Eliminating Co-pays for Preventive Drugs Not Found to Reduce Cardiac Events


Study participants without co-pays were slightly more likely to take their medications as prescribed for several medication classes.

New research presented at the American College of Cardiology 2023 Scientific Session found that providing medications for chronic diseases free of charge for 3 years did not have a significant impact on serious health outcomes associated with those conditions among low-income seniors in Canada.

According to a press release, the trial brought an average savings of 35 Canadian dollars (CA) or $26 per month for participants in the intervention group. However, eliminating this level of co-payment did not show any significant benefits in the study’s primary endpoint, which was a combined rate of death, heart attack, stroke, coronary revascularization, or hospitalization for cardiovascular-related conditions, such as heart failure, coronary artery disease, or diabetes.

“Our findings suggest that the current policy in Alberta, Canada, is probably reasonable; even though it leaves people with some costs, they’re not overburdensome in this population,” said senior author Braden Manns, MD, a professor of medicine at the University of Calgary in Canada, in a press release. “Most experts in health policy will actually be quite surprised by this. It’s a negative trial but still one that we can learn a lot from.”

Available medications can significantly reduce the risk of cardiac events among patients with chronic diseases, such as heart disease, diabetes, and chronic kidney disease. However, earlier research has estimated that approximately 1 in 8 individuals with these conditions cite cost as a primary reason for not continuing preventive medications, and populations with lower socioeconomic status tend to have worse outcomes from chronic diseases than wealthier populations.

In their study, investigators aimed to determine whether eliminating all patient-borne costs could increase medication adherence and thereby improve outcomes among low-income seniors, who are considered particularly vulnerable to poor cardiovascular outcomes. The study enrolled 4761 individuals aged 65 years and older with an annual household income below CA$50,000, or $37,400. All participants were at high cardiovascular risk as determined by a combination of diagnosed chronic conditions and/or risk factors such as smoking, high blood pressure, and high cholesterol.

Among half of the patients, all medication co-pays were eliminated for 15 classes of medications known to prevent heart attacks, strokes, and other forms of vascular disease or slow the progression of chronic kidney disease. The rest of the participants continued to be charged co-pays as usual under the universal public pharmaceutical insurance plan for seniors, which is 30% of medication costs, to a maximum co-pay of CA$25 or $19 per prescription.

After a median of 3 years, the results showed no significant difference between groups in terms of the study’s composite endpoint. There was also no difference in terms of quality of life or total health care costs. However, participants without co-pays were slightly more likely to take their medications as prescribed for several medication classes.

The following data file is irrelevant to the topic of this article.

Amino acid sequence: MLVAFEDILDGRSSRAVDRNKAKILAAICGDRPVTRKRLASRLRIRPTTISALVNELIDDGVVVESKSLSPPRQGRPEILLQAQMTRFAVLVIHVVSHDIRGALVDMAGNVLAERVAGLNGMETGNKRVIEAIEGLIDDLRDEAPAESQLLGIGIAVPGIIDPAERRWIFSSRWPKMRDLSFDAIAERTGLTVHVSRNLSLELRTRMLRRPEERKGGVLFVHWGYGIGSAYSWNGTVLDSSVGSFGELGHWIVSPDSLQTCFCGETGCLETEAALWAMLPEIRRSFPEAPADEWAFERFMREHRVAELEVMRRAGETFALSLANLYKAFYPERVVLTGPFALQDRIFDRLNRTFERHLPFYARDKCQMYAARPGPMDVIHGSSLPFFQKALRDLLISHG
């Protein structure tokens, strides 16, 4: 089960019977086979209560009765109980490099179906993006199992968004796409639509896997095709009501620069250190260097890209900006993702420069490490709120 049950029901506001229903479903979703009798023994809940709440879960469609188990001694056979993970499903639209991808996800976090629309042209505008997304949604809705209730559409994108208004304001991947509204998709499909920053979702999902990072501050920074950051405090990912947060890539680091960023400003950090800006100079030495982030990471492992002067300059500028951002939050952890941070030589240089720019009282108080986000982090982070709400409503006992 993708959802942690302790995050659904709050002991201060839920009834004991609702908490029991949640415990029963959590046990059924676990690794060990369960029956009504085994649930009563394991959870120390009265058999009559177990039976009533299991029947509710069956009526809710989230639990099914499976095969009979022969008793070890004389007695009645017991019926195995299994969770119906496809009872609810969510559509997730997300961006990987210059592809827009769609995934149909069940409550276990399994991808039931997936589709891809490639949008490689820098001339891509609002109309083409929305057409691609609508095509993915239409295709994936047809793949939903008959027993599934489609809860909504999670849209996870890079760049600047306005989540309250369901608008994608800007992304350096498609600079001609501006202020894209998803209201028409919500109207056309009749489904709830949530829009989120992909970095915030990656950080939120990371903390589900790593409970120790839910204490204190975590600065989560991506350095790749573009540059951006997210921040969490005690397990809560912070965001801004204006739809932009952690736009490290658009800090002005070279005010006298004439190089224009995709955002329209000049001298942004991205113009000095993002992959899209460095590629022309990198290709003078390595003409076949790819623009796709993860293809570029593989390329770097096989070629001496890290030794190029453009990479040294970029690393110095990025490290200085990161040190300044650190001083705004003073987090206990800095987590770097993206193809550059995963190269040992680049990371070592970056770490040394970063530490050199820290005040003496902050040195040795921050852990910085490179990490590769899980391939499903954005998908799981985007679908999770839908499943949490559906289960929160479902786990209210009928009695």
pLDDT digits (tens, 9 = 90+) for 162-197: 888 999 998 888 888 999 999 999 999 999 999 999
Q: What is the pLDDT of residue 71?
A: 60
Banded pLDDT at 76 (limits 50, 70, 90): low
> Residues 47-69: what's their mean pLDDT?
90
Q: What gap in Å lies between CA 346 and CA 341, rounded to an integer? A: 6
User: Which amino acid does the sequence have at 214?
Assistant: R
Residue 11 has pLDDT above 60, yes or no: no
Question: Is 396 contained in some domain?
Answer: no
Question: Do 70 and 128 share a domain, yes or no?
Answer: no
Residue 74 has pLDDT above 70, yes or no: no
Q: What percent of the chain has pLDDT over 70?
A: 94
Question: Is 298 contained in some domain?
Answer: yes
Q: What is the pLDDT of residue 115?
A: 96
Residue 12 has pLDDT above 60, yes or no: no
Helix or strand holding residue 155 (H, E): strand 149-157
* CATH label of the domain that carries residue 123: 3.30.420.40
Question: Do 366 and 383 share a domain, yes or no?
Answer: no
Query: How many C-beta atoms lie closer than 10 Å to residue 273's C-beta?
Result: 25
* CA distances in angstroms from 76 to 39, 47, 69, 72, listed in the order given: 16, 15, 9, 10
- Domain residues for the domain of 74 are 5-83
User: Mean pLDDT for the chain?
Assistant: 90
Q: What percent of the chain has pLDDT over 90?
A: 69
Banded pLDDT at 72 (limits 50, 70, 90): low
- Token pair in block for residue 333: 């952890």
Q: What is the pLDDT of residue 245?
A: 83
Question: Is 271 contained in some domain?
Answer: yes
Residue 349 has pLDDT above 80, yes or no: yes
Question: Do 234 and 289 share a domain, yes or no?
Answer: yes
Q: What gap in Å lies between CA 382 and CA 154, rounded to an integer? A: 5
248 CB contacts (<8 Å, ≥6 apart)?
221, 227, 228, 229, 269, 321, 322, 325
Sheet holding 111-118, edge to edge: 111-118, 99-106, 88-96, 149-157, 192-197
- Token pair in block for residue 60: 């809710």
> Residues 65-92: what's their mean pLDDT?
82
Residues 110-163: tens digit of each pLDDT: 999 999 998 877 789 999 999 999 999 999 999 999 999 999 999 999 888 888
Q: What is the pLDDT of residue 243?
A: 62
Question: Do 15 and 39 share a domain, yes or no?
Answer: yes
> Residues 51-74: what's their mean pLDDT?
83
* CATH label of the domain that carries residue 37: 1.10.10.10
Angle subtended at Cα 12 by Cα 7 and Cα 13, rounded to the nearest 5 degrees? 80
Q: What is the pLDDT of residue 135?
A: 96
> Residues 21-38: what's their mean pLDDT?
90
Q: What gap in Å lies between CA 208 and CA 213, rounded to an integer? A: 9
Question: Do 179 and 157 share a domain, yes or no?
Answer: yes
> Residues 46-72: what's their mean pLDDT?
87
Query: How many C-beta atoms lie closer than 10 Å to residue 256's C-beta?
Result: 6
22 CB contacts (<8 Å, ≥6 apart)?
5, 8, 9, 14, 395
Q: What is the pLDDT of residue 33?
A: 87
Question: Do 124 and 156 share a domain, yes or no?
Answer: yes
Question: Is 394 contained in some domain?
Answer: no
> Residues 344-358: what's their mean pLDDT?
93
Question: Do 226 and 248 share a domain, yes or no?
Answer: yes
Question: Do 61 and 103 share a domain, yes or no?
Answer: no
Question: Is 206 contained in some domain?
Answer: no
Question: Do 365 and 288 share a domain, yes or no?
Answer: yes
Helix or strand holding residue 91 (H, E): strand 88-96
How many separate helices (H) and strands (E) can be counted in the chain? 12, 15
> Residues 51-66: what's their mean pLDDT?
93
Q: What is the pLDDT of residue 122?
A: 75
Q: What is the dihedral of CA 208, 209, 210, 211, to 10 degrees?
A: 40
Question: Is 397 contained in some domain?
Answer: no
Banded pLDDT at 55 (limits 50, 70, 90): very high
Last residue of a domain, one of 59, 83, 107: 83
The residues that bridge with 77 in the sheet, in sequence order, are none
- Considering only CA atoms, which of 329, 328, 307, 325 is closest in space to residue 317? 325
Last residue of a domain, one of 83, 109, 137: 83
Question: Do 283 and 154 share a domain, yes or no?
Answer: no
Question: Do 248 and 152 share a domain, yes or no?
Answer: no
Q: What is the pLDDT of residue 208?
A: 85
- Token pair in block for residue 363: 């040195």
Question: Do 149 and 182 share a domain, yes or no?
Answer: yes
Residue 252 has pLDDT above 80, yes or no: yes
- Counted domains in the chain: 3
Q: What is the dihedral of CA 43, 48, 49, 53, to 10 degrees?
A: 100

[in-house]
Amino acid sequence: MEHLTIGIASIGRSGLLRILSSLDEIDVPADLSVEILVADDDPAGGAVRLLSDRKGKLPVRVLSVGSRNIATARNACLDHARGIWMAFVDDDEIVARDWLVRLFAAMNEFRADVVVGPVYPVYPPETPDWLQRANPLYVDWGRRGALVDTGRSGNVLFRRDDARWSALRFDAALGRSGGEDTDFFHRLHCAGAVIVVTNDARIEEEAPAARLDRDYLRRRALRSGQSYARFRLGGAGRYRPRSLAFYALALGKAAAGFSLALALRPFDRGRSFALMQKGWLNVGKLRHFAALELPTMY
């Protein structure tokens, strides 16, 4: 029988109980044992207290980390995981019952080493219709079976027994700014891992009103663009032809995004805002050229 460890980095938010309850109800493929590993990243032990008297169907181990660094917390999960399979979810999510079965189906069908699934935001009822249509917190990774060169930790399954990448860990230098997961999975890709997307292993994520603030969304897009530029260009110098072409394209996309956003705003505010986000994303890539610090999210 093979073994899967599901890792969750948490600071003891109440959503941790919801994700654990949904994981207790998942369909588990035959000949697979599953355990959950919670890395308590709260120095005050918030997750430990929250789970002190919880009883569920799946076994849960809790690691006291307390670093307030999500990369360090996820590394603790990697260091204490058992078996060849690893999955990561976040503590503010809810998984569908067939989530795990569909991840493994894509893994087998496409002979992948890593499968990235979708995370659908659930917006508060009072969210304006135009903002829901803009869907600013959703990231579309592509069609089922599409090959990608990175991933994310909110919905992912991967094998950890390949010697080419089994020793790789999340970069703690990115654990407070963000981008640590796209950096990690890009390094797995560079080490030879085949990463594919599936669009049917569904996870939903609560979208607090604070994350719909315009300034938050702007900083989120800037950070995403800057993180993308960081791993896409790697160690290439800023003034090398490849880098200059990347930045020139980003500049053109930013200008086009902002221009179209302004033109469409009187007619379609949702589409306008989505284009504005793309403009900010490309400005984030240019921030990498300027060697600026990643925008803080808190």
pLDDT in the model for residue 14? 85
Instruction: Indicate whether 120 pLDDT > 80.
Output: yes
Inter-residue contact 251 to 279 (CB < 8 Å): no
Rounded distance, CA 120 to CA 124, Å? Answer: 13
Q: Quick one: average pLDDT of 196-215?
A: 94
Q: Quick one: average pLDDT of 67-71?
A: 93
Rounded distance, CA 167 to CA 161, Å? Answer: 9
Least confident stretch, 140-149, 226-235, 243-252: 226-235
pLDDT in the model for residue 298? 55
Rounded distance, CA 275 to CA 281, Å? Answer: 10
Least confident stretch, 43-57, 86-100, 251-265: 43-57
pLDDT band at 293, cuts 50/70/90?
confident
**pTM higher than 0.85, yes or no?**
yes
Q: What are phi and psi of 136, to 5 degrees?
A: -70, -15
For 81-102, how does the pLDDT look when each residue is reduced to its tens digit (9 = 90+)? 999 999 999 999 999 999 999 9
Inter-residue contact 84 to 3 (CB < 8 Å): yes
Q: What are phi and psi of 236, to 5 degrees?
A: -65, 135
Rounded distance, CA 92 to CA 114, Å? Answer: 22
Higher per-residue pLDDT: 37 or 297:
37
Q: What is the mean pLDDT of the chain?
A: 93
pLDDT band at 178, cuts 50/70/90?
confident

The investigators identified several factors that could explain why the intervention had no effect, including that the average cost savings to participants was more modest than expected. Eliminating co-payments may have a bigger impact among those who would otherwise bear a higher cost for medications, such as those who lack health insurance.

Study participants also had a relatively high rate of medication adherence at baseline and a lower rate of cardiac events than anticipated. Other reasons aside from costs may also influence a person’s ability to access medical care and keep up with preventive medications.

“It’s not necessarily that cost isn’t an issue, but low-income people are facing many, many barriers, and cost is only 1 piece of the puzzle,” Mann said in the press release.

Although the findings suggest that the current co-pay structure in Alberta, Canada, is not overly burdensome for low-income seniors who have access to universal medication insurance, the investigators said further studies could help reveal whether a similar intervention might have more impact among other groups, such as those who are uninsured or living in the United States, where the average person spends $1500 per year on prescription drugs.

The trial incorporated a second intervention to assess whether patient education and support could improve outcomes. The 2 interventions did not affect each other and the findings from the second intervention will be reported separately.


Eliminating Copays for Preventive Drugs Does Not Reduce Cardiac Events. News release. American College of Cardiology 2023 Scientific Session. March 5, 2023. Accessed March 8, 2023.

Related Videos
pharmacy oncology, Image Credit: © Konstantin Yuganov - stock.adobe.com
Pharmacist holding medicine box in pharmacy drugstore. | Image Credit: I Viewfinder - stock.adobe.com
Pharmacy Drugstore Checkout Cashier Counter | Image Credit: Gorodenkoff - stock.adobe.com
Mayo Clinic oncology pharmacy
A panel of 5 experts on ASCVD
A panel of 5 experts on ASCVD
A panel of 5 experts on ASCVD
A panel of 5 experts on ASCVD
© 2024 MJH Life Sciences

All rights reserved.